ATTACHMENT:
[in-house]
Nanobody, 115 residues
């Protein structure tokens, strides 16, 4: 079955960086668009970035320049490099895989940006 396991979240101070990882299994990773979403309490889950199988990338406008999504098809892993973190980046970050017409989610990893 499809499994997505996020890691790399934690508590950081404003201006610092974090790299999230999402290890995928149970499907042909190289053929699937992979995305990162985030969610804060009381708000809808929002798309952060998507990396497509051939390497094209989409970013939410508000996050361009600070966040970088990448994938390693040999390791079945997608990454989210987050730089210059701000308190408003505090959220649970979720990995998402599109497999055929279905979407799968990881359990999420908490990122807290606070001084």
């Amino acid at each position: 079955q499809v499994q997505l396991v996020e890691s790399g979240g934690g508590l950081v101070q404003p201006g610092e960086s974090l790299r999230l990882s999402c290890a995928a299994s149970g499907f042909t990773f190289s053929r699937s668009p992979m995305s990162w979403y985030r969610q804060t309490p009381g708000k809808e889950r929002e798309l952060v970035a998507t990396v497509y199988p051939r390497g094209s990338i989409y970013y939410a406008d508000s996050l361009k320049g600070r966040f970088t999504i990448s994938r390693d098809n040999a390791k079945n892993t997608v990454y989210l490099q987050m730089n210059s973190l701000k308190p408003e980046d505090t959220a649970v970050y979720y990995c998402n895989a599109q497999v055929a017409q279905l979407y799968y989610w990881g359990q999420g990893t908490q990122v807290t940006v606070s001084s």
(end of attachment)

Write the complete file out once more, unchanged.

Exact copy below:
[in-house]
Nanobody, 115 residues
């Protein structure tokens, strides 16, 4: 079955960086668009970035320049490099895989940006 396991979240101070990882299994990773979403309490889950199988990338406008999504098809892993973190980046970050017409989610990893 499809499994997505996020890691790399934690508590950081404003201006610092974090790299999230999402290890995928149970499907042909190289053929699937992979995305990162985030969610804060009381708000809808929002798309952060998507990396497509051939390497094209989409970013939410508000996050361009600070966040970088990448994938390693040999390791079945997608990454989210987050730089210059701000308190408003505090959220649970979720990995998402599109497999055929279905979407799968990881359990999420908490990122807290606070001084």
């Amino acid at each position: 079955q499809v499994q997505l396991v996020e890691s790399g979240g934690g508590l950081v101070q404003p201006g610092e960086s974090l790299r999230l990882s999402c290890a995928a299994s149970g499907f042909t990773f190289s053929r699937s668009p992979m995305s990162w979403y985030r969610q804060t309490p009381g708000k809808e889950r929002e798309l952060v970035a998507t990396v497509y199988p051939r390497g094209s990338i989409y970013y939410a406008d508000s996050l361009k320049g600070r966040f970088t999504i990448s994938r390693d098809n040999a390791k079945n892993t997608v990454y989210l490099q987050m730089n210059s973190l701000k308190p408003e980046d505090t959220a649970v970050y979720y990995c998402n895989a599109q497999v055929a017409q279905l979407y799968y989610w990881g359990q999420g990893t908490q990122v807290t940006v606070s001084s």